The Presiding Bishop, whose term ends on Wednesday, preached at St. John's Anglican Church in Notting Hill, London on Sunday.
1. In my own country the naïve belief on the part of many that the United States can only do good in the world meant that many of us who spoke against the impending invasion of Iraq were labeled unpatriotic. Now, as this unconscionable war drags on and on – costing thousands of lives due to deception and a president's blind insistence on the rightness of his course – the eyes of many have been opened. Now, a season of sober self-examination has begun. But, alas, how quickly we forget what we have learned. How easily we revert once again to blinded sight. How eagerly we wrap ourselves again in the security of old chauvinisms and certitudes and the dark comfort they afford.
2. In the Acts of the Apostles, which is an account of what happens when the Spirit of the risen Christ is unleashed in the world, we find the apostolic church challenged in its Jewishness by the Spirit who ignores the boundaries established by the law and descends upon the Gentiles – those outside the law and therefore outside the community of faith. The church had to struggle, therefore, with the provocative and unsettling fact of the Spirit's presence in the lives of those heretofore considered unredeemed. The church, faced with this new reality, found itself challenged and obliged – not without struggle and debate – to modify the law, and therefore its self understanding, in order to make way for those whom the law would exclude.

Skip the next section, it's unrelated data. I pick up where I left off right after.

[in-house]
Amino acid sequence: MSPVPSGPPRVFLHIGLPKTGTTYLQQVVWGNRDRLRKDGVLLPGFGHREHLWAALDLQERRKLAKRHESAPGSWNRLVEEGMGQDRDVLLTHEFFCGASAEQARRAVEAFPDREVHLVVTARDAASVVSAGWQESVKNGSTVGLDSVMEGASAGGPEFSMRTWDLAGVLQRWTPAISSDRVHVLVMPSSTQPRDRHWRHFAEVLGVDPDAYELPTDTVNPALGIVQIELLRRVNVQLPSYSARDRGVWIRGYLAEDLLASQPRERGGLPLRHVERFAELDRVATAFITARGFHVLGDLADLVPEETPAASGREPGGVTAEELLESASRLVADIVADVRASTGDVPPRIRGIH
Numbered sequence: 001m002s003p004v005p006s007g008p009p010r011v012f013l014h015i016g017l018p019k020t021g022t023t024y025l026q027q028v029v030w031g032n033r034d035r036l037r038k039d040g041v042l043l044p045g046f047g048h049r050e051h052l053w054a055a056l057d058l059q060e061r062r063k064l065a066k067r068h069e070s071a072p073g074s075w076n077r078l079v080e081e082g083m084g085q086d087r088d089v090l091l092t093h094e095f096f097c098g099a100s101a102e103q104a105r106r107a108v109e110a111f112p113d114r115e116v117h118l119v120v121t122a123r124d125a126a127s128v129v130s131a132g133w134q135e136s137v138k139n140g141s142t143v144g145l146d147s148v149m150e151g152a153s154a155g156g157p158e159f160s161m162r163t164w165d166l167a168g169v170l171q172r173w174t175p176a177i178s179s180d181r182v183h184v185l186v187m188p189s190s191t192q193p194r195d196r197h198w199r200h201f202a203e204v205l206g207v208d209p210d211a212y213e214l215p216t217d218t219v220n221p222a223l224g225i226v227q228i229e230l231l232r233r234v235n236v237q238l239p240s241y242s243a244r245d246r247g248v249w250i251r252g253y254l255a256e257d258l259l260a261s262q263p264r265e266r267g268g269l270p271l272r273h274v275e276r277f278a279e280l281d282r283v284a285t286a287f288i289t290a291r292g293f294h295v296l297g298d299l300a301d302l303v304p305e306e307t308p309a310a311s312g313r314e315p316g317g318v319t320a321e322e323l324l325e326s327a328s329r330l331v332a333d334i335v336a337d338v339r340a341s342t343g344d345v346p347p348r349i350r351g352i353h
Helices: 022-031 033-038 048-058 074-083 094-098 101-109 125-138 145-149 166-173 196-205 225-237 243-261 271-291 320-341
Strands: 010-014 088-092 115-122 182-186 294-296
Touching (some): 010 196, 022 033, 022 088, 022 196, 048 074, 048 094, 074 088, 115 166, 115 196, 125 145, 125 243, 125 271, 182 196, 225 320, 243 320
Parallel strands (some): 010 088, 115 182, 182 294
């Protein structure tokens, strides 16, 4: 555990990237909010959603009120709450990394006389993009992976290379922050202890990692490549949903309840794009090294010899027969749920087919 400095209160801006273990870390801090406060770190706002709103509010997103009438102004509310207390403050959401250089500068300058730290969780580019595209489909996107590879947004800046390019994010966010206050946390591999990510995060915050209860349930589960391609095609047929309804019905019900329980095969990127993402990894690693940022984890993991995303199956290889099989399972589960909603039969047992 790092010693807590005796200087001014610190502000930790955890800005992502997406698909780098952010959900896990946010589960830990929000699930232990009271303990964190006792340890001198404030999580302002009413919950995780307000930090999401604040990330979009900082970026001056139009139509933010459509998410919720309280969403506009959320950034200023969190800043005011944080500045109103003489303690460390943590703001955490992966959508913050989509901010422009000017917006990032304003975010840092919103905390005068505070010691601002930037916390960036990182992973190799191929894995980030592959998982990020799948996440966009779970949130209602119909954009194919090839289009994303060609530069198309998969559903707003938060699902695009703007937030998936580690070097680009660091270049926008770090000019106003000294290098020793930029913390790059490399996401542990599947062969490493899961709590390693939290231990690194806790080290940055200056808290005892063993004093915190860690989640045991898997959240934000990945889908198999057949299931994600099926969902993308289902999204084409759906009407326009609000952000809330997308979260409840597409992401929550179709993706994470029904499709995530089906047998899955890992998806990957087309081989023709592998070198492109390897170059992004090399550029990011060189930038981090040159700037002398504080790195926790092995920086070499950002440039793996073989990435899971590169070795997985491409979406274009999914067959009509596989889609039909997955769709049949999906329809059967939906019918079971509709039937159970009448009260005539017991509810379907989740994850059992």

The result was not simply a compromise, but a new way of seeing: the marginalized and excluded and unclean were now regarded as brothers and sisters held fast within the arms of Christ's saving embrace. Is it not possible that the Spirit of truth is profoundly present in our own day in the struggles and tensions we are experiencing in the life of the Anglican Communion?